Tel Aviv Startups Event October 1st, 2013

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Review of how to raise capital for a group of Tel Aviv - based entrepreneurs

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Tel Aviv Startups Event October 1st, 2013

  1. 1. Mastering the VC Game: How to Raise Your First Round of Capital Jeffrey Bussgang Flybridge Capital Partners, General Partner Harvard Business School, Senior Lecturer October 1st, 2013
  2. 2.  General Partner at Flybridge Capital Partners, early- stage VC firm based in Boston and NYC 40+ active portfolio companies, Fund III: $280M  Senior Lecturer at HBS – Launching Tech Ventures  Former entrepreneur Cofounder Upromise (acq‟d by SallieMae), VP at Open Market (IPO „96)  Author: Mastering the VC Game  Blog: SeeingBothSides.com Context For My Perspective
  3. 3. 3 Personal Context
  4. 4. 9  Scope out the firm – size matters, as does the individual  Arrange for a warm introduction  Prepare, be brief (VCs Blink)  Don‟t downplay risk  Mutual due diligence is fair play 04/09/10 9 Raising $ from VCs: Find the Sweet Spot
  5. 5. 8 Why Raise Money from VC? Deep Pockets: High risk tolerance and additional funding for follow- on rounds Swing Big: VCs don’t invest in niches, they invest in transformative ideas that can build large companies Experience Matters: VCs have “seen the movie” over and over again and can help avoid pitfalls to find the path to success Value-Add: VCs provide domain experience, industry contacts, and strategic planning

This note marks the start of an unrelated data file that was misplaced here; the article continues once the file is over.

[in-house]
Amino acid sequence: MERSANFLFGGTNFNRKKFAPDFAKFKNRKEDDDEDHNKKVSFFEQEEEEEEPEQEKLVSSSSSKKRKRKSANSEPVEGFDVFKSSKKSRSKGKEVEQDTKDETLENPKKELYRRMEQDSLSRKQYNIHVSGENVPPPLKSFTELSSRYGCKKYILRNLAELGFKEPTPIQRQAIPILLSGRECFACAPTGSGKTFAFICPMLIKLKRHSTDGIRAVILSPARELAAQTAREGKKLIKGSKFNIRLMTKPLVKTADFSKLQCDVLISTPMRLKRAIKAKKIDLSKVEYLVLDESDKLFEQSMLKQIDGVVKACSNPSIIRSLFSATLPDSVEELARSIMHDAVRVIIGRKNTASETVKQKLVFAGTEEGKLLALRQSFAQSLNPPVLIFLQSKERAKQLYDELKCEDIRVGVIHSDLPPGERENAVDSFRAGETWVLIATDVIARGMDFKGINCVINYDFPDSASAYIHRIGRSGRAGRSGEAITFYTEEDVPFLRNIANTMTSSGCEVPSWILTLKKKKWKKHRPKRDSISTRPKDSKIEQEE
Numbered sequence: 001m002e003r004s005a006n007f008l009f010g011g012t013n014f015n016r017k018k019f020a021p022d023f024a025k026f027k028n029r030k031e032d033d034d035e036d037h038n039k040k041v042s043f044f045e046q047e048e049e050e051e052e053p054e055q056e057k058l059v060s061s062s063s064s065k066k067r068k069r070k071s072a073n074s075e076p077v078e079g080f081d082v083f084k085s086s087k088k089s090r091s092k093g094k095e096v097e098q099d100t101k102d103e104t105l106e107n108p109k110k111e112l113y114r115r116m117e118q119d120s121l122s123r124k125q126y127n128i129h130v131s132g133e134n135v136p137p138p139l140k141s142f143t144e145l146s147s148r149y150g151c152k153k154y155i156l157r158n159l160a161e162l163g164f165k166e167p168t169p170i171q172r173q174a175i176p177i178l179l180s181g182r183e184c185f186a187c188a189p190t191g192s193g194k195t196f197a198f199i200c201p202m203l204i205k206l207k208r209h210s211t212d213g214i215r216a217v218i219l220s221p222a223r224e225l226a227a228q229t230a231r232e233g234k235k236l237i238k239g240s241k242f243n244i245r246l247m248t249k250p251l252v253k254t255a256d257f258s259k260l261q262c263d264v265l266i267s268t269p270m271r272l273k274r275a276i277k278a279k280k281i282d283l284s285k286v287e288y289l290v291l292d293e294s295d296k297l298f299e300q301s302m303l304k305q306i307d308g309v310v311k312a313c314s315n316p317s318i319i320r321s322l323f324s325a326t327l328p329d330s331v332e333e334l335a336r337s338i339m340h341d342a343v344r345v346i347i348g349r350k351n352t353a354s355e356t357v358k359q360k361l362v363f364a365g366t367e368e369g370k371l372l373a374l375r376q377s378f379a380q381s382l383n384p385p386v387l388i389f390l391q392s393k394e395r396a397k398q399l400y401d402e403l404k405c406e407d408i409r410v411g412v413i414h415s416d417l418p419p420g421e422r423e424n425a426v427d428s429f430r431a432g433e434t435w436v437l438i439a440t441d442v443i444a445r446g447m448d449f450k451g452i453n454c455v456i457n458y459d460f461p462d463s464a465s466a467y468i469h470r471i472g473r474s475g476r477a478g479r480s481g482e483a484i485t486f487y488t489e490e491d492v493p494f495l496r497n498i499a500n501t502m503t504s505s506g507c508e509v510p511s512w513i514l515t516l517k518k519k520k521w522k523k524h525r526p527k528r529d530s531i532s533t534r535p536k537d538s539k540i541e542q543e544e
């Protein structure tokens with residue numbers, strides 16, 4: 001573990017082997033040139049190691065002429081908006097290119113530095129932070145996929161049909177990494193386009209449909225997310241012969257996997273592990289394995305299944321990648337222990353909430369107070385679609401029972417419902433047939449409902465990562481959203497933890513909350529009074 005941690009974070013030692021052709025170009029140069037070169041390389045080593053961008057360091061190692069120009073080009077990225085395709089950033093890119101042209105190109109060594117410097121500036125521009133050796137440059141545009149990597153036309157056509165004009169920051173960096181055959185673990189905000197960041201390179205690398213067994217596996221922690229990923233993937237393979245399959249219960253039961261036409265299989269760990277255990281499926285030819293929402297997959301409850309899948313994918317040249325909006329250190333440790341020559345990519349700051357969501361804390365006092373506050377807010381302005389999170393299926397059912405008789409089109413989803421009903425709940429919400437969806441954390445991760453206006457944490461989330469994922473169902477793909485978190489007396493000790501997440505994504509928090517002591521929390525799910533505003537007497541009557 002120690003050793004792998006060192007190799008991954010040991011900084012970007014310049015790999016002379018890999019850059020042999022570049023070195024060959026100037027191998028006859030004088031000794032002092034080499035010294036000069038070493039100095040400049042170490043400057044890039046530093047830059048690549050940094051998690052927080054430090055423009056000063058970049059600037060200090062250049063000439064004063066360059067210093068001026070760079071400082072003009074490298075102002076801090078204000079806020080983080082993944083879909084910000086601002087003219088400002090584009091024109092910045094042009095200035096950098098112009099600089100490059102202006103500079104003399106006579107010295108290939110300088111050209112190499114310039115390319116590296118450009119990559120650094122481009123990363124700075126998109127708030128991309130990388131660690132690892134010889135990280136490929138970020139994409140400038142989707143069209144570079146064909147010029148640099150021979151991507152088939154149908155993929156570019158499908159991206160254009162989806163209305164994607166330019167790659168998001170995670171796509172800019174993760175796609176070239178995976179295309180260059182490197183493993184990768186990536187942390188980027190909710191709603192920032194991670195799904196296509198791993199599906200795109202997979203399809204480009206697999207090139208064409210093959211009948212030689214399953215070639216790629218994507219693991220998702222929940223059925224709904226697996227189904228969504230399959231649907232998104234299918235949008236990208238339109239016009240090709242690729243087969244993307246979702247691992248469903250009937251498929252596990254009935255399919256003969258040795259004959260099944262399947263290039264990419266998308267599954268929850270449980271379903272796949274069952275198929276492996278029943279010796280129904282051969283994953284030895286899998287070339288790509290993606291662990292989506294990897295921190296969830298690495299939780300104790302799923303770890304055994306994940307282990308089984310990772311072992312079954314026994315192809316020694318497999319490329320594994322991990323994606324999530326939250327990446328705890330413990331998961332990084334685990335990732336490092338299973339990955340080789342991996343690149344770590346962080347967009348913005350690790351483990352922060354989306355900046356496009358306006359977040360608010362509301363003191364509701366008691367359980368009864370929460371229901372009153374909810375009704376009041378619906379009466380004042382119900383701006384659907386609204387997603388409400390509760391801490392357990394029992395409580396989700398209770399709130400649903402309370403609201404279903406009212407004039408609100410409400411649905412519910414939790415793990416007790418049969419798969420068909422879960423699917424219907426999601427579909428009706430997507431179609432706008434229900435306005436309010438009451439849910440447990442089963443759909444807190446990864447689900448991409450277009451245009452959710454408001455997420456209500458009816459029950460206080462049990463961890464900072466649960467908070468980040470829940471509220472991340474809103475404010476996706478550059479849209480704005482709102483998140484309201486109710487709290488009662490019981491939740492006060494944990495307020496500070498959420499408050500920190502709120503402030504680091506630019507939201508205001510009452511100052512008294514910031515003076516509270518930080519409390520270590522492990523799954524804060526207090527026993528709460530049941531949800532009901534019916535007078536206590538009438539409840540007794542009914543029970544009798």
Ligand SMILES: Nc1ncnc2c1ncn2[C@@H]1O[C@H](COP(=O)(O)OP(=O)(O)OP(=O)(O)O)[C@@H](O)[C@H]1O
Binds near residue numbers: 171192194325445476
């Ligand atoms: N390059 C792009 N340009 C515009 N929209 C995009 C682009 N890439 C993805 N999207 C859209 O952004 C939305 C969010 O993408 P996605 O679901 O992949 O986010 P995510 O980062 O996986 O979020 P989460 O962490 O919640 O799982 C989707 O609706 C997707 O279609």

6. 6. VCs vs. Angels  Will want some control (voting, board, veto)  Will want to own 20-30%  Very actively engaged (they get paid to do this!)  Can add tremendous value and be great business partners  Can be total disasters  Typically rational actors, commercially-driven, but if inexperienced…  Will want no control (“send me an annual email”)  Will want to own 1-10%  Maybe engaged or not (often a hobby, sometimes a personal mission)  Can add tremendous value and be great business partners  Can be total disasters  Typically rational, but if unsophisticated: naïve irrational, emotional
  7. 7.  Most VCs and Angels have ADD – operate on “BLINK” instincts  Want to SEE everything, but DO very, very few deals  Make their decision within the first 10-15 minutes  Typical VC and angel will invest in one out of every 300-500 deals they see  Long odds – you need to really stand out  Like college applicants – triage quickly Context About VCs and Angels
  8. 8.  Ideas are a dime a dozen  Having a world-class team is golden  Laser focus of the young entrepreneur is very powerful  E.g., Bill Gates, Michael Dell, and Mark Zuckerberg 1004/09/10 10 The Right People: an Unfair Advantage
  9. 9. Investor‟s Decision Tree Worth 3 minutes (email, phone)? Worth 30 minutes (phone, in person)? Worth 60-90 minutes (in person)? Worth 2nd mtg (in person)? Ignore Pass gracefully Pass but stay In touch Serious due diligencePass but be helpful No No No No
  10. 10. Elements of the Pitch  Intro  who are you, why are you here and why are you special?  Problem  what is the customer pain?  Solution  what‟s your disruptive, breakthrough compelling solution? Is the “Gain vs. Pain” ratio 10x?  Opportunity / market size  top down and bottoms up  Competitive advantage  what is your unique differentiation? what‟s your “competitive moat”?  Go to market plan  how are you going to reach the customer?  Business model  how are you going to make money?  Financials  what‟s the bottom line, what are your key assumptions? How are you going to make ME money?  The ask  how much do you want, how long will it last you and how much will you achieve? 11